to allege facts sufficient to support a Fourteenth Amendment
claim, and he re-directs the Court to exhibits originally
attached to his FAC in hopes that the Court might change its
mind as to whether they provide “factual content that
allows the court to draw the reasonable inference that the
defendant[s] [are] liable for the misconduct alleged.”
Ashcroft v. Iqbal, 556 U.S. 662, 678 (2009). They do
not. See ECF No. 15 at 2-4. Therefore, because
Plaintiff points to no intervening change in the law,
material oversight, or any error whatsoever, his Motion for
Reconsideration is denied.
Motion for Appointment of Counsel
also requests that the Court appoint him counsel due to his
“bad handwriting, ” “low education, ”
and “learning disability.” (ECF No. 21 at
documents submitted by any pro se litigant, no matter how
“inartfully pleaded, must be held to less stringent
standards than formal pleadings drafted by lawyers.”
Erickson v. Pardus, 551 U.S. 89, 94 (2007). But
there is no constitutional right to counsel in a civil case,
and nothing in Plaintiff's latest filings suggest the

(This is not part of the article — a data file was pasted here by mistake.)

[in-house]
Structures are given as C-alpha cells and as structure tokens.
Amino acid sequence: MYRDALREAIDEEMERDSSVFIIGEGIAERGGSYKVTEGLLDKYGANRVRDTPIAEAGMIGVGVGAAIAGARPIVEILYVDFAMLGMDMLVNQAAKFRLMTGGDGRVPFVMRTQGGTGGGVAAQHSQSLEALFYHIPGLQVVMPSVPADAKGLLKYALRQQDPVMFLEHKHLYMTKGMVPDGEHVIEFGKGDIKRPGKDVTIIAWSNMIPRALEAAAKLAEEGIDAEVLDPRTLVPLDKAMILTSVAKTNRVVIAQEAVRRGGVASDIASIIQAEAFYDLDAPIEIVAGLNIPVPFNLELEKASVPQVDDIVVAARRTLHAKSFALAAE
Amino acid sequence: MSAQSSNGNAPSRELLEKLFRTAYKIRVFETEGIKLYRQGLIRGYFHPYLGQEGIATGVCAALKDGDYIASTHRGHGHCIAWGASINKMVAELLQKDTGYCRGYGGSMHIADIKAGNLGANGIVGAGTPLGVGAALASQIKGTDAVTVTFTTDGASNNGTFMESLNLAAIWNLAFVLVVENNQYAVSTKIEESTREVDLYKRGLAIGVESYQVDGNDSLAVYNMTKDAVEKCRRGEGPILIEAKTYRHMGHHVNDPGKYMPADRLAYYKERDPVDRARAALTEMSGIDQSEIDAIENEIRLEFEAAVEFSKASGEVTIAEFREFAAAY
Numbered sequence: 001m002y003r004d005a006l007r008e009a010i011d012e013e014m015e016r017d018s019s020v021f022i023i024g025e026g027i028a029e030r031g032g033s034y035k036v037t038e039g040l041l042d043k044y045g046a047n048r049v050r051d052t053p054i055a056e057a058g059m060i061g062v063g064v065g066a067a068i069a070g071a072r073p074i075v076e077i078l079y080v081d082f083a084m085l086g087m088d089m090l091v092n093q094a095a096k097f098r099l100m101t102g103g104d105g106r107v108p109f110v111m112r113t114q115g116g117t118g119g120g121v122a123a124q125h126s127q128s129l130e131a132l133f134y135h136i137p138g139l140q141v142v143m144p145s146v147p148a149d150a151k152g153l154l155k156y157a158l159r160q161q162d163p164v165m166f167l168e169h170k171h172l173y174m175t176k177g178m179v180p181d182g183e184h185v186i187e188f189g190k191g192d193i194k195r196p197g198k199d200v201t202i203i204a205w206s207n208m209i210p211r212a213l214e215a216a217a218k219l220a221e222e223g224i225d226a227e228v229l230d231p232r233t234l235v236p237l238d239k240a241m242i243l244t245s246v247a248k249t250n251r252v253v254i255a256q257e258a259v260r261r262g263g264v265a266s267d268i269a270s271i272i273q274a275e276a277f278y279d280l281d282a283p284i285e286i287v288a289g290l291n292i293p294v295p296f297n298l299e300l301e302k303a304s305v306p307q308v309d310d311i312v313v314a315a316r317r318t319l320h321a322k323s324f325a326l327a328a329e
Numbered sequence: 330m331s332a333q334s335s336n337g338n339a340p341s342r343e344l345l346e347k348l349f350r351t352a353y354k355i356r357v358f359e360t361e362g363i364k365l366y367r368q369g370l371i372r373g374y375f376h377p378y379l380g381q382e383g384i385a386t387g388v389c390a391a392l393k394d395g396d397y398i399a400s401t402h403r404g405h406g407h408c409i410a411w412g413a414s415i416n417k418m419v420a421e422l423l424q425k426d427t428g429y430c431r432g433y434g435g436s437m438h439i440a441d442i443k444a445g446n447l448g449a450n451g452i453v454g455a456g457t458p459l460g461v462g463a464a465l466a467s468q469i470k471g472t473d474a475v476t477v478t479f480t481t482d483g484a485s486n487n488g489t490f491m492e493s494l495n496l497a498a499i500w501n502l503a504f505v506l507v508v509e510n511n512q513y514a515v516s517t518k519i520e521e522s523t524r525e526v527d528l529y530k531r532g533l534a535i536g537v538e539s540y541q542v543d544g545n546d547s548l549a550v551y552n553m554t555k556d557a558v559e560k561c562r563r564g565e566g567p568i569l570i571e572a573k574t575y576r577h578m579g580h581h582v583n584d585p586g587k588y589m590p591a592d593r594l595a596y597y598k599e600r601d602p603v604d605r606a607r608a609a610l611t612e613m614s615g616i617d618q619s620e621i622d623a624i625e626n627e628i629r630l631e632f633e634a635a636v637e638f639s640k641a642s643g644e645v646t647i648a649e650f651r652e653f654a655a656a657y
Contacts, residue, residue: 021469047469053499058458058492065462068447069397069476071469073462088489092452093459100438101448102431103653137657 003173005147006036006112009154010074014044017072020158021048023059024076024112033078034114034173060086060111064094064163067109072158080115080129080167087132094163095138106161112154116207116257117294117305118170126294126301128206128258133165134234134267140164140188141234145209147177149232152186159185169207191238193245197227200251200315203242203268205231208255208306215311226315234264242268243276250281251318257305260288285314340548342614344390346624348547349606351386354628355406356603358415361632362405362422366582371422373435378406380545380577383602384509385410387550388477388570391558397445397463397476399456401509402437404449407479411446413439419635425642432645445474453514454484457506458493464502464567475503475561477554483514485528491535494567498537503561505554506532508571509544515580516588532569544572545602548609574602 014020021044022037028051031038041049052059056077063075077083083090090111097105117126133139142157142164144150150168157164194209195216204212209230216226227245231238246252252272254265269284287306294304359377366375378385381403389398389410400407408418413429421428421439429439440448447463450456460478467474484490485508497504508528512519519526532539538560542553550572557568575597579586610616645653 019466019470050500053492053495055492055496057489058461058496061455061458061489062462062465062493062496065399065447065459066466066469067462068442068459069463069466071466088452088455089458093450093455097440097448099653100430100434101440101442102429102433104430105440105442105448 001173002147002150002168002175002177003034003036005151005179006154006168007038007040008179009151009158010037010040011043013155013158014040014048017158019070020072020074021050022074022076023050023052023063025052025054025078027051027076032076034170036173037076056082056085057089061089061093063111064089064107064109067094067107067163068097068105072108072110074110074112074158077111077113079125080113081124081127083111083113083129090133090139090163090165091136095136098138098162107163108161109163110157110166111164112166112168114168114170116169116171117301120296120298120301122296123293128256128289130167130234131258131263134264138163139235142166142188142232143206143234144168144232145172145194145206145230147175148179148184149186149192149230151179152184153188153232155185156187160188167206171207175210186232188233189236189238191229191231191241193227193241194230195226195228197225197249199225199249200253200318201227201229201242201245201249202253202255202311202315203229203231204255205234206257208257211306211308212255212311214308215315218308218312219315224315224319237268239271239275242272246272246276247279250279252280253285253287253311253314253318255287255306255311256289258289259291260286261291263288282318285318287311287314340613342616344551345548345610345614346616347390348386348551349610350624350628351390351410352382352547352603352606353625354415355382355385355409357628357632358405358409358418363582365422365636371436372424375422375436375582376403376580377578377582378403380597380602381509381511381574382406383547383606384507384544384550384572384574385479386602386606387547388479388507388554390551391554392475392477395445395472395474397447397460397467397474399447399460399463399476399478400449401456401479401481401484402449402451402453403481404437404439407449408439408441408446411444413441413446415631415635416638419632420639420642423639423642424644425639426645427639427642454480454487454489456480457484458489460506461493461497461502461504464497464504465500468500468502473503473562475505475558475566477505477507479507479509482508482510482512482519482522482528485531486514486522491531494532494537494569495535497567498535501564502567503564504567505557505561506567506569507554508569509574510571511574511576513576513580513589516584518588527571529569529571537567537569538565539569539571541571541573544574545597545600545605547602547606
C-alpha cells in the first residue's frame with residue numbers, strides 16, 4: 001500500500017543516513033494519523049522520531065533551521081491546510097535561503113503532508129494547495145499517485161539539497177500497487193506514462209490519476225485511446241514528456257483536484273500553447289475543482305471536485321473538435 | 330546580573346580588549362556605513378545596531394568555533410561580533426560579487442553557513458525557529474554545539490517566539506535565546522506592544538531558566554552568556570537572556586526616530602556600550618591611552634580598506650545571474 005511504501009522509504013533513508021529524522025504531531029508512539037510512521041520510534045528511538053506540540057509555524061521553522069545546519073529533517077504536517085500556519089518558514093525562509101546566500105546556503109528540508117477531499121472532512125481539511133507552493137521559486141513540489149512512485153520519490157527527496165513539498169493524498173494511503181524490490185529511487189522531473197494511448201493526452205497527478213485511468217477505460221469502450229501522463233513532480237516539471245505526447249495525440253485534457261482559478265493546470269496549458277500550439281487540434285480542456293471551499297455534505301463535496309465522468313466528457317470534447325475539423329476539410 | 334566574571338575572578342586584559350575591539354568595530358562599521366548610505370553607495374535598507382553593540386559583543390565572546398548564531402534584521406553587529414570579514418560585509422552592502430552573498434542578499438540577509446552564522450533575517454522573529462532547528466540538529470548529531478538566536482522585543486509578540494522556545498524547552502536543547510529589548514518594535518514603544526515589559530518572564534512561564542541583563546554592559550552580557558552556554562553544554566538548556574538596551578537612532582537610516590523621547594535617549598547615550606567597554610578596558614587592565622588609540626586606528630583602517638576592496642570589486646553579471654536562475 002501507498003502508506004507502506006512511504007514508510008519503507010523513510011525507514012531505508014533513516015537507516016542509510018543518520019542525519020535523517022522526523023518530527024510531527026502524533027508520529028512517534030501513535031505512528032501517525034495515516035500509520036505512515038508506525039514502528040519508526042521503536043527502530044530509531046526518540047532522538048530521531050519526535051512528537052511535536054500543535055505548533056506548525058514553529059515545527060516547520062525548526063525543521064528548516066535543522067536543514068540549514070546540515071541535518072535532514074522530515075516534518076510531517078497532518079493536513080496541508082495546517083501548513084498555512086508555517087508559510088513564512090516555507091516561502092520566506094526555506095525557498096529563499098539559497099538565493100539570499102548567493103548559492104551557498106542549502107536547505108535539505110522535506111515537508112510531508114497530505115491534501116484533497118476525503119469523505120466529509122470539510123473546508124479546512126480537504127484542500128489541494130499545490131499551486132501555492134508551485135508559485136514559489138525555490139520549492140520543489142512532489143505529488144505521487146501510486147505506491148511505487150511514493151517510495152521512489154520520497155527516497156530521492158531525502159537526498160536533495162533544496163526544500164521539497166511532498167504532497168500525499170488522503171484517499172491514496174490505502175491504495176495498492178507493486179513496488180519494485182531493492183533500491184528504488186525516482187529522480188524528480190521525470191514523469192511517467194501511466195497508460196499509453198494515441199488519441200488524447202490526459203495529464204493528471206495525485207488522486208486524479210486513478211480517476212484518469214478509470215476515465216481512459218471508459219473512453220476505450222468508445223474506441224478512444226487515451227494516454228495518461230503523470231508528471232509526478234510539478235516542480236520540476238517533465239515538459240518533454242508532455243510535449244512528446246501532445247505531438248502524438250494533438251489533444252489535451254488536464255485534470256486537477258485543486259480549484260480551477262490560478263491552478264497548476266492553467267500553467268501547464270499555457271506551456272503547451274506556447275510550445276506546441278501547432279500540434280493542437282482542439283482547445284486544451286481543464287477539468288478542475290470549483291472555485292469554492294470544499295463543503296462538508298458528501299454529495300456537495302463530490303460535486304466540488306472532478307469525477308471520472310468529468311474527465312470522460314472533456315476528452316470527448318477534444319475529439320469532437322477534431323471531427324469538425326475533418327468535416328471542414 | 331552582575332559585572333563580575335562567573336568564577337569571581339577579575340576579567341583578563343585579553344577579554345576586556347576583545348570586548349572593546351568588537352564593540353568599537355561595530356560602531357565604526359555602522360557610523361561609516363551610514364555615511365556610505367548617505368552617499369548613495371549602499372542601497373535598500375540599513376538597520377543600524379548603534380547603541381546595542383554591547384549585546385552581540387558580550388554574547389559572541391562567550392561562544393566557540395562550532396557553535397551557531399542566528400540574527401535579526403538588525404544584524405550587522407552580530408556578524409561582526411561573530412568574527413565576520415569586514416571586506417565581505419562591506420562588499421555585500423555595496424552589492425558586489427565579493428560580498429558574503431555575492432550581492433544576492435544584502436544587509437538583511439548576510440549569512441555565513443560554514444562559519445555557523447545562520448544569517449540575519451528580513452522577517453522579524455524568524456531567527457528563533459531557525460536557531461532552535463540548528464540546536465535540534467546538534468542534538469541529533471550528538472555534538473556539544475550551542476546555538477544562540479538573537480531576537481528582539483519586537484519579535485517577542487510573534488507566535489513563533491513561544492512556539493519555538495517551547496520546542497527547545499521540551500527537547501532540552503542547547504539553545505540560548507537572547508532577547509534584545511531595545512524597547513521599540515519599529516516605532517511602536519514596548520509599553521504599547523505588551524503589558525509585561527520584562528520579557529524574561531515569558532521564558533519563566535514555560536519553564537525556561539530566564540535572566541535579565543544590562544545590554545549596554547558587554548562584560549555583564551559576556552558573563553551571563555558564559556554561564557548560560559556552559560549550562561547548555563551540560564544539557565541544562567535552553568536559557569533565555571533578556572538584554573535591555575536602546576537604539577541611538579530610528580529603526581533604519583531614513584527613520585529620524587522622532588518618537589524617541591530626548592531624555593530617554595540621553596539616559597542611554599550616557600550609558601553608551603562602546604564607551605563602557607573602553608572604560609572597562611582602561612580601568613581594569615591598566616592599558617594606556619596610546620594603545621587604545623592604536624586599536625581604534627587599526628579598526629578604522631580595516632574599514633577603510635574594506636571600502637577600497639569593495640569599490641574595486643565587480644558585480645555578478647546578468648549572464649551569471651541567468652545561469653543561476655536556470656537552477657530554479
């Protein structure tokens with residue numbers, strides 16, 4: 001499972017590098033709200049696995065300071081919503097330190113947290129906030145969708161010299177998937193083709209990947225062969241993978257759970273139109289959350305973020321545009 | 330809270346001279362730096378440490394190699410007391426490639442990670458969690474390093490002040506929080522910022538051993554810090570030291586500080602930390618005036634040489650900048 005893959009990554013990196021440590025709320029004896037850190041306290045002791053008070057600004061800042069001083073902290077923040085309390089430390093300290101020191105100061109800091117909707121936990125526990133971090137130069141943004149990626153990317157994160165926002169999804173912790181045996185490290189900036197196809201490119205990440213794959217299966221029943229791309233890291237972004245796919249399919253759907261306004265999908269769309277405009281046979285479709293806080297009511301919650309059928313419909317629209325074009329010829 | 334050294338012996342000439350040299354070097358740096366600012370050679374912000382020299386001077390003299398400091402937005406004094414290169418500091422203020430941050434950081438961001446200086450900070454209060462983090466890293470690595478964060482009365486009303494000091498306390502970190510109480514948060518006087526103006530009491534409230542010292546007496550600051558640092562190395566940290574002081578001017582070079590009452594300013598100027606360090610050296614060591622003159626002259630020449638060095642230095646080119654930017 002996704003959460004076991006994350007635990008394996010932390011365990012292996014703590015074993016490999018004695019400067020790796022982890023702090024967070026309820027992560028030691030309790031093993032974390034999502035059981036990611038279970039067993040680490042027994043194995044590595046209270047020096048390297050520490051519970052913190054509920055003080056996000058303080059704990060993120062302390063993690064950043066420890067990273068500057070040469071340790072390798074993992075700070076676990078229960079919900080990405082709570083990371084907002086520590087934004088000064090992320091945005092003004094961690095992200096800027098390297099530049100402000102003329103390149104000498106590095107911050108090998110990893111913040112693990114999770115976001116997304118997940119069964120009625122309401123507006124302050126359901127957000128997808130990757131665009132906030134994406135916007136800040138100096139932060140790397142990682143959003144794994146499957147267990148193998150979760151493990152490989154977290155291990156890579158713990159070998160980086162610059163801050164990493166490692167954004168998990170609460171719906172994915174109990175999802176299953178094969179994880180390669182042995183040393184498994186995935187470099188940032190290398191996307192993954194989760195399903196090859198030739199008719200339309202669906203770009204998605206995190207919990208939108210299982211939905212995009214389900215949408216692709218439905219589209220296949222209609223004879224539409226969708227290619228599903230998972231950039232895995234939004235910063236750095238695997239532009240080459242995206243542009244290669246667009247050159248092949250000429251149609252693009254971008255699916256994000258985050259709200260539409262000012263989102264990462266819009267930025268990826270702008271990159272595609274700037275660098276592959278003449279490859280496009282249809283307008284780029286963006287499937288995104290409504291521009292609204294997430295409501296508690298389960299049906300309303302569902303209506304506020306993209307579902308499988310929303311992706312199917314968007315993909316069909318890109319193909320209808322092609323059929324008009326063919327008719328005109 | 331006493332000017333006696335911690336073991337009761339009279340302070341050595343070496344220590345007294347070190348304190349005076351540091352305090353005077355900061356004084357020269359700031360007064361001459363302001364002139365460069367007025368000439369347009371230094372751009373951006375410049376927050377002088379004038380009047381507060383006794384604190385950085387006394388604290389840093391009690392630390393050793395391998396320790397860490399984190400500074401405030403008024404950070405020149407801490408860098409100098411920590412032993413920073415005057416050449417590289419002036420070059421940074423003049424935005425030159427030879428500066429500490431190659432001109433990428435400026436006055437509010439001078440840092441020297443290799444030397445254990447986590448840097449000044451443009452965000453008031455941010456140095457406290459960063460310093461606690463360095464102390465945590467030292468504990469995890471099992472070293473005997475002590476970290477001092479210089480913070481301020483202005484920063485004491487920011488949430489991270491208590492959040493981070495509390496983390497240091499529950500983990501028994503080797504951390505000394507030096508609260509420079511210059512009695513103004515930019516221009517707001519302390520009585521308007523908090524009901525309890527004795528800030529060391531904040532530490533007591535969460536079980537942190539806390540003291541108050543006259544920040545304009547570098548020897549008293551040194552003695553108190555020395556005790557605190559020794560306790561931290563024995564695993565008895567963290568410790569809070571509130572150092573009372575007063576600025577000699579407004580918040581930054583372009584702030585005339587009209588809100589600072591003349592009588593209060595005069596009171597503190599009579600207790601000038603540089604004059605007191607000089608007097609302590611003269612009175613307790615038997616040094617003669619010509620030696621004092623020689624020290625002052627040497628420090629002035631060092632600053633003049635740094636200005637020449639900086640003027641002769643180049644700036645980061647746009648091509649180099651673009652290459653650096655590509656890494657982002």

Court should exercise its limited discretion to request that
an attorney represent him pro bono pursuant to 28 U.S.C.
§ 1915(e)(1). See Lassiter v. Dept. of Social
Servs., 452 U.S. 18, 25 (1981); Agyeman v. Corr.
Corp. of Am., 390 F.3d 1101, 1103 (9th Cir. 2004). Only
“exceptional circumstances” support such a
discretionary appointment. Terrell v. Brewer, 935
F.3d 1015, 1017 (9th Cir. 1991); Palmer v. Valdez,
560 F.3d 965, 970 (9th Cir. 2009). Exceptional circumstances
exist where there is a showing of both a likelihood of
success on the merits and a demonstrated inability of the pro
se litigant to articulate his claims in light of their legal
date, and in this case alone, Plaintiff has filed three
complaints (ECF Nos. 1, 7, 13), five subsequent addenda
and/or motions seeking leave to amend or supplement the
causes of action included in those complaints (ECF Nos. 4, 9,
11, 17, 23), and a motion for reconsideration (ECF No.
15)-all of which contain factual allegations, legal arguments
and voluminous exhibits in support. These pleadings together
and alone demonstrate that while Plaintiff may not be
formally trained in law, and may suffer from a
“learning disability, ” (ECF No. 21 at 3), he has
nevertheless shown he is fully capable of legibly
articulating the facts and circumstances relevant to his
Fourteenth Amendment claims, which are typical,
straightforward, and not legally “complex.”
Agyeman, 390 F.3d at 1103; see also Meeks v.
Nunez, No. 13cv973-GPC(BGS), 2017 WL 476425, at *4 (S.D.
Cal. Feb. 6, 2017) (denying appointment of counsel pursuant
to § 1915(e)(1) where prisoner's “alleged
mental disability ha[d] not affected his ability to
articulate his ...